The House Ways and Means Committee, the group of lawmakers tasked with writing a compromise solution, has a good first proposal, but there’s room for improvement. It needs a significant Independent Dispute Resolution process that’s already been passed by several states and is working well. That process needs strong safeguards that prevent the insurance companies from tinkering, looking for loopholes allowing them to set their own rates.

As I mentioned, I am a nurse, not an accountant and definitely not a lawyer, but it’s clear to me, based on the patients I saw and the stories I hear, that the surprise medical billing issue needs a fair solution that puts patients first. We prioritize patients by pulling them out of the dispute between doctors and hospitals and the insurance companies. This is common sense, and I hope Congress acts soon. I don’t want to hear another story about a surprise medical bill.

Valarie Olson, RN, Palm Harbor

A danger to shorebirds

Florida lawmakers are poised to legalize fireworks — for these days only | March 10

Nesting black skimmers care for their young at one of several nesting colonies of black skimmers along Pinellas' municipal beaches.

As an Audubon Florida volunteer each summer on St. Pete Beach, I can tell you: July 4th fireworks are deadly for our imperiled nesting shorebirds, which are protected by Florida Fish and Wildlife Conservation Commission. Fireworks also terrify our pets and upset our veterans with PTSD. I wish that our state legislators would listen to reason.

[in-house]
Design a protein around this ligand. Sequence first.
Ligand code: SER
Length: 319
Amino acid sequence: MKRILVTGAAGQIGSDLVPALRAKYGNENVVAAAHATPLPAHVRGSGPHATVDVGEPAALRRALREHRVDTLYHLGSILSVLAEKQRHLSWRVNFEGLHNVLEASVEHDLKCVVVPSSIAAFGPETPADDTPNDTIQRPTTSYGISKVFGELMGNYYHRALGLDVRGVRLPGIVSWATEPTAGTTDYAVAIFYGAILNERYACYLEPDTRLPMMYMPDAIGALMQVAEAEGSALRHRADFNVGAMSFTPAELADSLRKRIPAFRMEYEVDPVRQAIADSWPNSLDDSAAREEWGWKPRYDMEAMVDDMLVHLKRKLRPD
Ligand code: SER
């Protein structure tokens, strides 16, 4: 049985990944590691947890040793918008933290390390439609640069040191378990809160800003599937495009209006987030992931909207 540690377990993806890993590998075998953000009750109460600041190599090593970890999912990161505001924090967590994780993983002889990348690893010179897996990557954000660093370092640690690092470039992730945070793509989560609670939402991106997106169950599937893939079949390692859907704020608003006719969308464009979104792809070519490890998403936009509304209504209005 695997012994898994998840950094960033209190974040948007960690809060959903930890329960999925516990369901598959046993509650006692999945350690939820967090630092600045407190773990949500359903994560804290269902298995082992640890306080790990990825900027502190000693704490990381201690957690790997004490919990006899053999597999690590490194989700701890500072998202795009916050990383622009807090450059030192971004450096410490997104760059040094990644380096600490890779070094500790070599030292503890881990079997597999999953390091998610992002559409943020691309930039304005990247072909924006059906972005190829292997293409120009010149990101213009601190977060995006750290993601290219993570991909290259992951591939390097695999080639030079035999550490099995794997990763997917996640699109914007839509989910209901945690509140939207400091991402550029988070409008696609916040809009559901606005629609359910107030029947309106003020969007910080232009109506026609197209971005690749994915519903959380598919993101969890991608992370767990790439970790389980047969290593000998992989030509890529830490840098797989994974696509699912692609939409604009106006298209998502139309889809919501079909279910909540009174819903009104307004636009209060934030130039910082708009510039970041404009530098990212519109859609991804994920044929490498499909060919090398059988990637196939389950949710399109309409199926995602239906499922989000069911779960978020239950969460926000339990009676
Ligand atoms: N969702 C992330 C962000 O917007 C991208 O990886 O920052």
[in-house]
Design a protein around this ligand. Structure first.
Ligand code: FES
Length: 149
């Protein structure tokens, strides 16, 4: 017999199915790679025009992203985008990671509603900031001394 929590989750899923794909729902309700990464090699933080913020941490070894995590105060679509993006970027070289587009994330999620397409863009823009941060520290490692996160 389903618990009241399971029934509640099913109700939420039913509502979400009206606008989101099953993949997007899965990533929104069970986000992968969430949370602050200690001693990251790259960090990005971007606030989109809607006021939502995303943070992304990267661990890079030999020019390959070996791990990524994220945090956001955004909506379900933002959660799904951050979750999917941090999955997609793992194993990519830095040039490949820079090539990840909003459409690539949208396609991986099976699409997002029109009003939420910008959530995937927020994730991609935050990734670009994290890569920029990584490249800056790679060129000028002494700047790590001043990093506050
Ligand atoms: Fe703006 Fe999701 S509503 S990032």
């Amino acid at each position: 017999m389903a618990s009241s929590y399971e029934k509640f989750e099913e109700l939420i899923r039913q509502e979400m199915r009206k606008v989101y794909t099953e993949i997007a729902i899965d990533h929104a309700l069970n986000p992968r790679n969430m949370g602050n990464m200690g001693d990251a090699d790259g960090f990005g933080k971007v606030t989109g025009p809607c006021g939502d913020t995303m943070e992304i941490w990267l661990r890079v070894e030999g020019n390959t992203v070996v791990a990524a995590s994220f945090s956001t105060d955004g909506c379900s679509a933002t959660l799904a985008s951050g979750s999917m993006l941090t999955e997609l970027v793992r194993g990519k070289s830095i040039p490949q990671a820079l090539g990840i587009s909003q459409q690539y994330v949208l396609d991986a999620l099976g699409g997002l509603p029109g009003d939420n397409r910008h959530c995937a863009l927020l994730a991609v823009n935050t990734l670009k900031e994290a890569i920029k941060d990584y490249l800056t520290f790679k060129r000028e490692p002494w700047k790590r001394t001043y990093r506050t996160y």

Ginger Goepper, Treasure Island

What a baton can teach

Maestro’s long life was well played | Epilogue, March 11

Maestro Anton Coppola poses for a photograph prior to a performance on Jan. 27, 2012 in Tampa. [CHRIS URSO | Times]

As principal second violin in the Opera Tampa Orchestra for 30 years, I had the same view of Maestro Anton Coppola as the photographer. At one point I told the maestro that I had learned almost everything I knew about conducting from playing under him. He was somewhat surprised and said, “Well, of course, that was not my intention.” We learn from example.

What did I learn? Study the score. The goal is to know the opera like you know Happy Birthday or the national anthem. Prepare the parts for the orchestra the best you can. Coppola required the opera company to rent his orchestra parts from him. He condensed the parts from large orchestras, which were originally required, to smaller ones playable by regional orchestras. The results were almost identical. He marked the parts: bowings for the strings, special dynamics for all, clear cuts indicated, word cues from the stage before your entry after long periods of rests.

Use your time efficiently. There was no wasted time in rehearsals. No small talk and few questions from the orchestra. Use clear baton technique. Hours can be saved if the beat pattern is clear. Treat the players with consideration. Be serious. Be a firm and decisive leader. Use words clearly and effectively. Use humor.

One telling anecdote: There was confusion as to a specific entrance of the seconds. He told me to bring my part up to him where he was perched on his stool at the break as was his wont. He looked at the part and said, “The part is right. What I am doing is right. What you are doing is wrong.” I said, “Thank you, maestro.” Next time it was right.

Bruce LeBaron, St. Petersburg